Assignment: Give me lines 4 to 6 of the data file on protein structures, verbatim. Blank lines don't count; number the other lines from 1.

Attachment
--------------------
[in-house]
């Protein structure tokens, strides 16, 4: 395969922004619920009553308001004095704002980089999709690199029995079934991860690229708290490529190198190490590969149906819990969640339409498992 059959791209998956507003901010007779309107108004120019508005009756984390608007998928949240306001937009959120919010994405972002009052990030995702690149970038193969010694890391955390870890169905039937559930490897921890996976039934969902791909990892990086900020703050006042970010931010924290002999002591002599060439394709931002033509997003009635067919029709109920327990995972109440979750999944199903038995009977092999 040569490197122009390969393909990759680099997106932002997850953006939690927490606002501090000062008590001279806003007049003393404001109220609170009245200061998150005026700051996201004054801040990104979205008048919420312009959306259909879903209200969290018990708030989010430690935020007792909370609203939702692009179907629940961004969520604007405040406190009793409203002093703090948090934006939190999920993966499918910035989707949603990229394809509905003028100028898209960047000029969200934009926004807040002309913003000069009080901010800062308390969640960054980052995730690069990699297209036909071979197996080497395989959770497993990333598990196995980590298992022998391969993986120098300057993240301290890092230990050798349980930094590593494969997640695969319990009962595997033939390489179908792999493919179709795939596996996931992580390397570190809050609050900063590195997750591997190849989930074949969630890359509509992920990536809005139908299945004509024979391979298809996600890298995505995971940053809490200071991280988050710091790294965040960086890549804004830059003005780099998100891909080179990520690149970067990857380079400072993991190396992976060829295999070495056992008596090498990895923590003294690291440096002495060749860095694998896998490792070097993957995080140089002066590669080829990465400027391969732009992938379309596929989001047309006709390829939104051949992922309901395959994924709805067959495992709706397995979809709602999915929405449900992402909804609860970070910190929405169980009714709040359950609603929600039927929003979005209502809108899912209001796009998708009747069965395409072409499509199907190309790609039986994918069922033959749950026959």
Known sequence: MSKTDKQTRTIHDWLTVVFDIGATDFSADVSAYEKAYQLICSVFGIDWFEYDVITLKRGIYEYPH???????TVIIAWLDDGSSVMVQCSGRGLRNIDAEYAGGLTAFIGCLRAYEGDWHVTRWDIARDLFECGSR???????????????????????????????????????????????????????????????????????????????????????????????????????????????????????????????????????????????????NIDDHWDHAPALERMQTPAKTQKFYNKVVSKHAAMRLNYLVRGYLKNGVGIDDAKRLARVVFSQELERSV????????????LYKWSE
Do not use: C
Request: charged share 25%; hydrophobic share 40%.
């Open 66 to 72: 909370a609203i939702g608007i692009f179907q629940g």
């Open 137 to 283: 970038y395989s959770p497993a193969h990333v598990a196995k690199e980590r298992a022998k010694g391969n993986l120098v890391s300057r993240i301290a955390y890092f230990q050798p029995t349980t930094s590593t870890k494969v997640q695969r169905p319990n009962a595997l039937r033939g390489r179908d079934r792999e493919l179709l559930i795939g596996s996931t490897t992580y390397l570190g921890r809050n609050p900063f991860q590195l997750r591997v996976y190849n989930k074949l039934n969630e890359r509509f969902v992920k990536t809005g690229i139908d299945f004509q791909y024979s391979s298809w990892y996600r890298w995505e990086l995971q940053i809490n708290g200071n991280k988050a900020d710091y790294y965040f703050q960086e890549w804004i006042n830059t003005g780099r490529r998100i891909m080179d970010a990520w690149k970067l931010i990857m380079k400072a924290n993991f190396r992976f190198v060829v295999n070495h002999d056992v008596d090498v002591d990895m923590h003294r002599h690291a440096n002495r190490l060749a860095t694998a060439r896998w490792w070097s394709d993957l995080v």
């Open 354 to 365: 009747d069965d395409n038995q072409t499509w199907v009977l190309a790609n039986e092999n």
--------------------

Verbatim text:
Do not use: C
Request: charged share 25%; hydrophobic share 40%.
């Open 66 to 72: 909370a609203i939702g608007i692009f179907q629940g």